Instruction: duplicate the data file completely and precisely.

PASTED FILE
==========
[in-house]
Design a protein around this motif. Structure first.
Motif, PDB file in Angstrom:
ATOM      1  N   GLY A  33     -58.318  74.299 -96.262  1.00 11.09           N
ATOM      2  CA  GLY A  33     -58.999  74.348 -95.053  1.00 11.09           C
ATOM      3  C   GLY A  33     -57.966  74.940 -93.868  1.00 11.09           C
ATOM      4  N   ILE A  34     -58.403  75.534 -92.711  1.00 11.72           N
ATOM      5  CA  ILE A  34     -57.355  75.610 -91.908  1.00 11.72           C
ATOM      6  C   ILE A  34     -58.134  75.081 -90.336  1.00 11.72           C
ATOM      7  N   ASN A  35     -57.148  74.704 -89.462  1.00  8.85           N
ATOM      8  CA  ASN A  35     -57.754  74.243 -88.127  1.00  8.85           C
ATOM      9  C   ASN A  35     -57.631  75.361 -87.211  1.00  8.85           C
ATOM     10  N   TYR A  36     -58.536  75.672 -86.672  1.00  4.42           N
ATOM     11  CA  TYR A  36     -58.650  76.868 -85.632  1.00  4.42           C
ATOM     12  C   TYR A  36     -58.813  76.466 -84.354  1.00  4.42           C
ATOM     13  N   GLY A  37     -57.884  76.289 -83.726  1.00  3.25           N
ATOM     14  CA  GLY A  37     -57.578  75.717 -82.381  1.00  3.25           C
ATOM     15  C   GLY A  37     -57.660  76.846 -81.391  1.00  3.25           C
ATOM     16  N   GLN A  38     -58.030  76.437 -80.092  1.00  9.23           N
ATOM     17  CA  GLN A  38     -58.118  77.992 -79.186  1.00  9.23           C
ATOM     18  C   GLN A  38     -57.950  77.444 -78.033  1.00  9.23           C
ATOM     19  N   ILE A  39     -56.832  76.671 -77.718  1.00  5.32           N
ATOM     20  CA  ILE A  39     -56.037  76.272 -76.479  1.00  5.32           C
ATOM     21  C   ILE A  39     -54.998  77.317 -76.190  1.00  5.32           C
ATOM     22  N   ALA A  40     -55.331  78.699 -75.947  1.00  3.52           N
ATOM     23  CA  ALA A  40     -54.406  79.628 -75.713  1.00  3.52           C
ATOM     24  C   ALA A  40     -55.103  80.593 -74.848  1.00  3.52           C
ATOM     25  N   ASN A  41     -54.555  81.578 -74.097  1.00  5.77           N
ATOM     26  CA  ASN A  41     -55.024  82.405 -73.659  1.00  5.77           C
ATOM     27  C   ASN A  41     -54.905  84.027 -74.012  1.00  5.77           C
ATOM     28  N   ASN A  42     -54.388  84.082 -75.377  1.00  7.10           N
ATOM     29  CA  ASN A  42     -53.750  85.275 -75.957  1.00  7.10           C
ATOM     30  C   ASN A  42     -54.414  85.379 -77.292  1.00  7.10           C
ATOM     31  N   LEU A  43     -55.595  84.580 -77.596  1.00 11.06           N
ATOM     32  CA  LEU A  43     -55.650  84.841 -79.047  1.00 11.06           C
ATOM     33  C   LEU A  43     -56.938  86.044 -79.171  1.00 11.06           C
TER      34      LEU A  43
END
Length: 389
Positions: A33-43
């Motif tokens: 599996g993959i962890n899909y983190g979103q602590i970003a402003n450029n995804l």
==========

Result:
[in-house]
Design a protein around this motif. Structure first.
Motif, PDB file in Angstrom:
ATOM      1  N   GLY A  33     -58.318  74.299 -96.262  1.00 11.09           N
ATOM      2  CA  GLY A  33     -58.999  74.348 -95.053  1.00 11.09           C
ATOM      3  C   GLY A  33     -57.966  74.940 -93.868  1.00 11.09           C
ATOM      4  N   ILE A  34     -58.403  75.534 -92.711  1.00 11.72           N
ATOM      5  CA  ILE A  34     -57.355  75.610 -91.908  1.00 11.72           C
ATOM      6  C   ILE A  34     -58.134  75.081 -90.336  1.00 11.72           C
ATOM      7  N   ASN A  35     -57.148  74.704 -89.462  1.00  8.85           N
ATOM      8  CA  ASN A  35     -57.754  74.243 -88.127  1.00  8.85           C
ATOM      9  C   ASN A  35     -57.631  75.361 -87.211  1.00  8.85           C
ATOM     10  N   TYR A  36     -58.536  75.672 -86.672  1.00  4.42           N
ATOM     11  CA  TYR A  36     -58.650  76.868 -85.632  1.00  4.42           C
ATOM     12  C   TYR A  36     -58.813  76.466 -84.354  1.00  4.42           C
ATOM     13  N   GLY A  37     -57.884  76.289 -83.726  1.00  3.25           N
ATOM     14  CA  GLY A  37     -57.578  75.717 -82.381  1.00  3.25           C
ATOM     15  C   GLY A  37     -57.660  76.846 -81.391  1.00  3.25           C
ATOM     16  N   GLN A  38     -58.030  76.437 -80.092  1.00  9.23           N
ATOM     17  CA  GLN A  38     -58.118  77.992 -79.186  1.00  9.23           C
ATOM     18  C   GLN A  38     -57.950  77.444 -78.033  1.00  9.23           C
ATOM     19  N   ILE A  39     -56.832  76.671 -77.718  1.00  5.32           N
ATOM     20  CA  ILE A  39     -56.037  76.272 -76.479  1.00  5.32           C
ATOM     21  C   ILE A  39     -54.998  77.317 -76.190  1.00  5.32           C
ATOM     22  N   ALA A  40     -55.331  78.699 -75.947  1.00  3.52           N
ATOM     23  CA  ALA A  40     -54.406  79.628 -75.713  1.00  3.52           C
ATOM     24  C   ALA A  40     -55.103  80.593 -74.848  1.00  3.52           C
ATOM     25  N   ASN A  41     -54.555  81.578 -74.097  1.00  5.77           N
ATOM     26  CA  ASN A  41     -55.024  82.405 -73.659  1.00  5.77           C
ATOM     27  C   ASN A  41     -54.905  84.027 -74.012  1.00  5.77           C
ATOM     28  N   ASN A  42     -54.388  84.082 -75.377  1.00  7.10           N
ATOM     29  CA  ASN A  42     -53.750  85.275 -75.957  1.00  7.10           C
ATOM     30  C   ASN A  42     -54.414  85.379 -77.292  1.00  7.10           C
ATOM     31  N   LEU A  43     -55.595  84.580 -77.596  1.00 11.06           N
ATOM     32  CA  LEU A  43     -55.650  84.841 -79.047  1.00 11.06           C
ATOM     33  C   LEU A  43     -56.938  86.044 -79.171  1.00 11.06           C
TER      34      LEU A  43
END
Length: 389
Positions: A33-43
């Motif tokens: 599996g993959i962890n899909y983190g979103q602590i970003a402003n450029n995804l």